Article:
NUR-SULTAN -- U.S. Ambassador to Kazakhstan William Moser says Washington is 'strongly encouraging' Kazakhstan's government to improve the human rights situation in the Central Asian country.
Kazakhstan's longstanding ruler, Nursultan Nazarbaev, stepped down as president in March but still holds considerable sway as leader of the ruling Nur Otan party and the chairman of the country's security council.
Opponents, critics, and rights groups say Nazarbaev, who tolerated little dissent, denied many citizens basic rights and prolonged his hold on power in the energy-rich country of 18.7 million by manipulating the democratic process.
Nazarbaev's successor, President Qasym-Zhomart Toqaev, was elected in a snap poll in June. No vote held in Kazakhstan since 1991 has been deemed free and democratic by international observers.
'We talk to the [Kazakh] government continually about human rights,' Moser told RFE/RL in an interview.
'It is one of the most important issues on our bilateral agenda. And, as I have just said, we are working with the government of President Toqaev and this is one area where we are encouraging strongly that the government take the necessary reforms to improve the human rights situation in the country.'
Kazakh President Qasym-Zhomart Toqaev (left) and his predecessor Nursultan Nazarbaev (file photo)
Moser pointed to the need to relax the rules on the right of assembly. Last month, dozens of people from across Kazakhstan held single-person protests in Nur-Sultan against what they called unjust court rulings.
The men and women picketed the government's building on September 9, accusing the government of reluctance to look into their demands.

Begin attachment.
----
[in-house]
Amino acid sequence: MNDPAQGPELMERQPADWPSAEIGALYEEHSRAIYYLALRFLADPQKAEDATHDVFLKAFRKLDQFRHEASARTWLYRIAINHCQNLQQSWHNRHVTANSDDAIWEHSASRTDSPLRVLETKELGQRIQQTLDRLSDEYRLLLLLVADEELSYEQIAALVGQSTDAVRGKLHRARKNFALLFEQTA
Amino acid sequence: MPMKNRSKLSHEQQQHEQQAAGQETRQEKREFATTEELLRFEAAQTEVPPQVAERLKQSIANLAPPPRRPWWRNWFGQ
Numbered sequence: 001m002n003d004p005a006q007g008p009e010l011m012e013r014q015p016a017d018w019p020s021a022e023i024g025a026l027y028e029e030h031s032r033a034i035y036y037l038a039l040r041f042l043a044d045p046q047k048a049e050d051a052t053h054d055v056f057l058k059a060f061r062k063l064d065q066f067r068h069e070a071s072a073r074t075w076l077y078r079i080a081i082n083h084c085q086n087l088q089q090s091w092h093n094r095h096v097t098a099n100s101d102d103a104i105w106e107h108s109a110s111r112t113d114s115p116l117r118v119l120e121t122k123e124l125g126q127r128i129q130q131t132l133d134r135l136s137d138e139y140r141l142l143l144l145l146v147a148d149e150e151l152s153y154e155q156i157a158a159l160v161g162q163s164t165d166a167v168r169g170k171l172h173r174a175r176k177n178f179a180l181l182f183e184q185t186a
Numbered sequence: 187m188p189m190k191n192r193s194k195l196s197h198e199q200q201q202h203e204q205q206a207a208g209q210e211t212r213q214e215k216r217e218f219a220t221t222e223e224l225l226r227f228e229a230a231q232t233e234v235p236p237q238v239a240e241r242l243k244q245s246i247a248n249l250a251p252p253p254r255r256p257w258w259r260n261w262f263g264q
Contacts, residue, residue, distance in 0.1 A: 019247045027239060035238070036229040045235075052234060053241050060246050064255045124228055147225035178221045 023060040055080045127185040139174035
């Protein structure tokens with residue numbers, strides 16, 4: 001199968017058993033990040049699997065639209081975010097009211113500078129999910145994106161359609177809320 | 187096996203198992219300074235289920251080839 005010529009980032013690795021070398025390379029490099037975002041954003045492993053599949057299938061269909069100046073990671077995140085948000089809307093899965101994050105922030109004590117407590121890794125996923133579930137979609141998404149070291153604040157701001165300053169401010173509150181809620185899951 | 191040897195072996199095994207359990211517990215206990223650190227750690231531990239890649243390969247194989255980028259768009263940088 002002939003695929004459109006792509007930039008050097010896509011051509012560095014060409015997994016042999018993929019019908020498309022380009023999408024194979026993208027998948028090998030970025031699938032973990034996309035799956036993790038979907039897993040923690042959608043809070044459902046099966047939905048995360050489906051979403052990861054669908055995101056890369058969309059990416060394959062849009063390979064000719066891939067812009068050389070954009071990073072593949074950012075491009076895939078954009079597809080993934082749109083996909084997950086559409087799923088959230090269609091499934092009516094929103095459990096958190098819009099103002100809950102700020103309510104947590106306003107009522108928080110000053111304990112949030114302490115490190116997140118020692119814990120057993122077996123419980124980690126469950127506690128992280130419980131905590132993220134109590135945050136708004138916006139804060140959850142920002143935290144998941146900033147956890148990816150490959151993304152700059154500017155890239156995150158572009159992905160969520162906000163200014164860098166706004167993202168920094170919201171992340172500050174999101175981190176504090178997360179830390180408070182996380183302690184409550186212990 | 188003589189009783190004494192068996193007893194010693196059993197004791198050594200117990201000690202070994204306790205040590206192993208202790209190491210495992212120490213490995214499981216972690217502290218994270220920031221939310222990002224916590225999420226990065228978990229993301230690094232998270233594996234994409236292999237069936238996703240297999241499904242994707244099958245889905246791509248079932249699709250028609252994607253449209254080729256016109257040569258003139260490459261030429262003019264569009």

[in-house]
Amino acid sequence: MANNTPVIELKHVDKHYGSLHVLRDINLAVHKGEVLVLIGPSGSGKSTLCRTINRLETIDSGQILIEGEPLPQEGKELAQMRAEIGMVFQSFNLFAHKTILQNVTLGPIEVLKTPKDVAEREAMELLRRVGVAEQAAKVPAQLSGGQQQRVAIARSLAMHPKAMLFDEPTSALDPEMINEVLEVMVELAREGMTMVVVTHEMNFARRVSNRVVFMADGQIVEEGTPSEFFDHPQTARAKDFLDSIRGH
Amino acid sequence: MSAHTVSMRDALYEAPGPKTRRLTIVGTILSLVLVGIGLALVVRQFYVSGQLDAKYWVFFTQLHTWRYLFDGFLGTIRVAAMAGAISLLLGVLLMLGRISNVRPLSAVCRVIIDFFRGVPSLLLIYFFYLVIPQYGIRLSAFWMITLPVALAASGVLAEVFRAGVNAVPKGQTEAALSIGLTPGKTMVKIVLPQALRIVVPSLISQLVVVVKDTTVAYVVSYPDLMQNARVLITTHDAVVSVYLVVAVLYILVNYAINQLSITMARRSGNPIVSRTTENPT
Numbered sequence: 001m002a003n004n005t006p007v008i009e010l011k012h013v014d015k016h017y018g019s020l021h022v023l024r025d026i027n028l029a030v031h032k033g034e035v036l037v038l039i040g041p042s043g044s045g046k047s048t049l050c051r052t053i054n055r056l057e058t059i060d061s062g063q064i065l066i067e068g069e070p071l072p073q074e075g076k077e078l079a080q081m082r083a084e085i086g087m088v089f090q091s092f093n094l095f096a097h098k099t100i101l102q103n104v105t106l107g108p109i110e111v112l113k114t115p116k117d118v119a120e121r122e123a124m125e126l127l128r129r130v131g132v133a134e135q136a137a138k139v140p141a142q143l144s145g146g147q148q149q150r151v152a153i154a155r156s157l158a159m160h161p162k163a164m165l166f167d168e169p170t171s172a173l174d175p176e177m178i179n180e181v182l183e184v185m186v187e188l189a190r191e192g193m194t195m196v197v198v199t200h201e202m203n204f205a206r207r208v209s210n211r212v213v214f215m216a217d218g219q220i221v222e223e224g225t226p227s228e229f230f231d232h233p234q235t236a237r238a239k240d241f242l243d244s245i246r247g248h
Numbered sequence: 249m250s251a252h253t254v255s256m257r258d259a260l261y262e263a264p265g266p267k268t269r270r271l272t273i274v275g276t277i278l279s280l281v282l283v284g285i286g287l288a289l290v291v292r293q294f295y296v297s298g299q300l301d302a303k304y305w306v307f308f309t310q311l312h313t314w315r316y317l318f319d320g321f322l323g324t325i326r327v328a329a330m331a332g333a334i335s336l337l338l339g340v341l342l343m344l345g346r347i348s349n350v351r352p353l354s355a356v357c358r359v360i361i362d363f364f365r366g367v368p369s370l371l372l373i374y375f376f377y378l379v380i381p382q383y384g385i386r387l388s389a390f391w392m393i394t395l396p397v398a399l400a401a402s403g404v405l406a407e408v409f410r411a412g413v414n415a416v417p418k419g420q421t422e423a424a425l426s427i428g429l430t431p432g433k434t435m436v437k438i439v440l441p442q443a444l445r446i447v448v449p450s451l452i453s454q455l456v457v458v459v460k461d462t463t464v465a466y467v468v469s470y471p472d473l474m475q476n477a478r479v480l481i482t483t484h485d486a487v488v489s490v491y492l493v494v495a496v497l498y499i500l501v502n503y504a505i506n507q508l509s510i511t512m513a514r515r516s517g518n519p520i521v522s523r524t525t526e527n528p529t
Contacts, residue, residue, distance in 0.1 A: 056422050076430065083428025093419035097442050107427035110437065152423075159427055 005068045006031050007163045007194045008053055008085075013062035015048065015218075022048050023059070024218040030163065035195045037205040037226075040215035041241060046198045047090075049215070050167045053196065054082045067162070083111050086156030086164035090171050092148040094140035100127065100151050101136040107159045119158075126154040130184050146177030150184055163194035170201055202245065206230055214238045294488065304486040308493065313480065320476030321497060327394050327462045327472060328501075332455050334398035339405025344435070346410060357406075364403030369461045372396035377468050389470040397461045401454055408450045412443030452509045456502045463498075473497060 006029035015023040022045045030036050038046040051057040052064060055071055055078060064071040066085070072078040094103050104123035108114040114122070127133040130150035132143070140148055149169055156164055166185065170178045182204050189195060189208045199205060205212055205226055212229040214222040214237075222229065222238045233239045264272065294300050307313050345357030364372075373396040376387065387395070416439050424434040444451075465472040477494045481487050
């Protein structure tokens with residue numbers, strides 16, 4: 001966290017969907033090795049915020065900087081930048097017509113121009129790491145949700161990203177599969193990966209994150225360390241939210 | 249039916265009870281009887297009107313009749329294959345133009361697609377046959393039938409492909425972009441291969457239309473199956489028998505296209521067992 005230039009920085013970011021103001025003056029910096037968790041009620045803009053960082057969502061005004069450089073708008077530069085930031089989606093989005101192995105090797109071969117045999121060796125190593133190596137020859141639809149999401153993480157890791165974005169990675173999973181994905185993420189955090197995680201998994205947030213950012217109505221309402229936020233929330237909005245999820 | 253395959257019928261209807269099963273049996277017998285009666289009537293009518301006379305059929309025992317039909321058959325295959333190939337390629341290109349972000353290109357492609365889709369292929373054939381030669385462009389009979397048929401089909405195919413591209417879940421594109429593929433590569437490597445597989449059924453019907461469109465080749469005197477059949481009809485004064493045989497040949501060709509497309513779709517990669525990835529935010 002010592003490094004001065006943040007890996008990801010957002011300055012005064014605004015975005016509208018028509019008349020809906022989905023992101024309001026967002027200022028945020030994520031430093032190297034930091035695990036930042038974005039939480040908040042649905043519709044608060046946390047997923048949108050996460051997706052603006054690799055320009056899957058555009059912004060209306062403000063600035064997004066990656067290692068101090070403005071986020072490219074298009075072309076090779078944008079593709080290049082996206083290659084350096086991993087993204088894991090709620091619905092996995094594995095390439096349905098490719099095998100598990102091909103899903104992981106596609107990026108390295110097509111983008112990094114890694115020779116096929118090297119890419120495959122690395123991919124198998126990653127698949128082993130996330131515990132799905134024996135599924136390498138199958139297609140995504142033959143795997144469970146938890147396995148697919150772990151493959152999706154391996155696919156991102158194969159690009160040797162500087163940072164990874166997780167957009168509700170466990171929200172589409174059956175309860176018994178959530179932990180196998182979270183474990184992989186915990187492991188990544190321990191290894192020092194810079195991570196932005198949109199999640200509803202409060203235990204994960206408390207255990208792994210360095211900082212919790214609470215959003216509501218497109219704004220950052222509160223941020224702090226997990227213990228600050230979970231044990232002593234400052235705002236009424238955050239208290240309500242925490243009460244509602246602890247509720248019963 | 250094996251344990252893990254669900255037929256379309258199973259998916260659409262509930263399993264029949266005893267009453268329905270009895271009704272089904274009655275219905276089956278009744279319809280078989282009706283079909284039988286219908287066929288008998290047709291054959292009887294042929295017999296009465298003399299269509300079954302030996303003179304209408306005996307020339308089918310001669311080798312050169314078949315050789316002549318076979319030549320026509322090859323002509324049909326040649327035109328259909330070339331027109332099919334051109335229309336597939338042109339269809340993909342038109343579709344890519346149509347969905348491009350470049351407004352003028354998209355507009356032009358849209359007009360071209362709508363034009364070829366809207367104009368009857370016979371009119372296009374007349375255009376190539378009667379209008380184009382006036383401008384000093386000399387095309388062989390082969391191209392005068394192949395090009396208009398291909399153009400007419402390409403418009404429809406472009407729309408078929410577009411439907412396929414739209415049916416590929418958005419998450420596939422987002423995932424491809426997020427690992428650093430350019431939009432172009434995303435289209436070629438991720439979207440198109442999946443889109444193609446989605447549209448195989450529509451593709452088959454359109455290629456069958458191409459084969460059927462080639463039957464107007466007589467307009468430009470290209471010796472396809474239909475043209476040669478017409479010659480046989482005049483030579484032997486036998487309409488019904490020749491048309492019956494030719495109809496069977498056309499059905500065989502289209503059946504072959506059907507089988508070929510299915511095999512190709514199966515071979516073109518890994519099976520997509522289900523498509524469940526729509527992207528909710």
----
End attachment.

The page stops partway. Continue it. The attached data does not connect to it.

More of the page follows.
Representatives of the city administration arrived at the site and called the pickets 'illegal' even though single-person protests do not require official permission.
'One example I will think that is a concrete example is the discussion of a new law on the right of assembly,' Moser said.
'And a law that broadens the rights of assembly and protects this fundamental right will go a long way toward improving the human rights situation in the country.'
Protests over social issues, low incomes, police and court abuses, and poor living conditions have increased in recent months in the Central Asian nation after five children from one family died when their home in the capital burned down in early February.
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Asked about the apparent division of the centers of power between Toqaev and Nazarbaev, Moser said, 'For us (the United States) -- we don't see any other real power center in the country [other than President Toqaev's].'
The U.S. envoy also pointed to Washington's support for Kazakhstan's efforts toward nuclear nonproliferation.
Kazakhstan inherited 1,400 nuclear weapons from the Soviet Union, but transferred them all to Russia by 1995 and has since signed up to the Nuclear Non-Proliferation Treaty.
'We have spent over $840 million [in Kazakhstan] on nuclear nonproliferation issues and over $200 million on biological threat reduction -- both parts of the agreements made in the 1990s,' Moser said.
'It's because of Kazakhstan becoming a responsible actor on the world stage that Kazakhstan has made a significant contribution to making the world safer.'
Moser also called on the government of the energy-rich Central Asian country to diversify its economy to offset the negative impact of energy price fluctuations, pointing to the prospects of agricultural development.
'There has been broad benefit from the oil and gas wealth, but we really do support the efforts of the [Kazakh] government to continue its program of economic diversification, because we realize that oil wealth, the petroleum wealth cannot be the only basis for the economy,' Moser said.
'It needs to be a much broader wealth basis based on other sectors. And that's one reason why we are so excited about the developments in agriculture.'
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